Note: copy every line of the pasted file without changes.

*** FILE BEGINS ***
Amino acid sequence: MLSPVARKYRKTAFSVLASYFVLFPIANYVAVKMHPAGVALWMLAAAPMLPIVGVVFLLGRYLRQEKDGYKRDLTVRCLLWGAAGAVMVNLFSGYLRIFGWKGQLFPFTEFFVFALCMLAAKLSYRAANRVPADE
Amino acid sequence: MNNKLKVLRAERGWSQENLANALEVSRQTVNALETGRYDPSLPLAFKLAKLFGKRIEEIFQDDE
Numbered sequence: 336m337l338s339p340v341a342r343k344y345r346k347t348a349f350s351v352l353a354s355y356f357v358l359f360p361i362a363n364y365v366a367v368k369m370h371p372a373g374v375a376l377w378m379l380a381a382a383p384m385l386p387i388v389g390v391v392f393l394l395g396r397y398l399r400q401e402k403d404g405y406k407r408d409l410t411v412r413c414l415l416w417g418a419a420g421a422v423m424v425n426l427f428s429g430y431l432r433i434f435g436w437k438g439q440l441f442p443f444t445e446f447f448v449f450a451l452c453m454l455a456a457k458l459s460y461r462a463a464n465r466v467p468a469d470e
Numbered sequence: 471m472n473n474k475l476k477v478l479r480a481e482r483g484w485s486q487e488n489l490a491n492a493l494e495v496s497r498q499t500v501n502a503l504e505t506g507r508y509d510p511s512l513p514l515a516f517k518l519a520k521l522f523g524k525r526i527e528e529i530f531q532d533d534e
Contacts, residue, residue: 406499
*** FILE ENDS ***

Amino acid sequence: MLSPVARKYRKTAFSVLASYFVLFPIANYVAVKMHPAGVALWMLAAAPMLPIVGVVFLLGRYLRQEKDGYKRDLTVRCLLWGAAGAVMVNLFSGYLRIFGWKGQLFPFTEFFVFALCMLAAKLSYRAANRVPADE
Amino acid sequence: MNNKLKVLRAERGWSQENLANALEVSRQTVNALETGRYDPSLPLAFKLAKLFGKRIEEIFQDDE
Numbered sequence: 336m337l338s339p340v341a342r343k344y345r346k347t348a349f350s351v352l353a354s355y356f357v358l359f360p361i362a363n364y365v366a367v368k369m370h371p372a373g374v375a376l377w378m379l380a381a382a383p384m385l386p387i388v389g390v391v392f393l394l395g396r397y398l399r400q401e402k403d404g405y406k407r408d409l410t411v412r413c414l415l416w417g418a419a420g421a422v423m424v425n426l427f428s429g430y431l432r433i434f435g436w437k438g439q440l441f442p443f444t445e446f447f448v449f450a451l452c453m454l455a456a457k458l459s460y461r462a463a464n465r466v467p468a469d470e
Numbered sequence: 471m472n473n474k475l476k477v478l479r480a481e482r483g484w485s486q487e488n489l490a491n492a493l494e495v496s497r498q499t500v501n502a503l504e505t506g507r508y509d510p511s512l513p514l515a516f517k518l519a520k521l522f523g524k525r526i527e528e529i530f531q532d533d534e
Contacts, residue, residue: 406499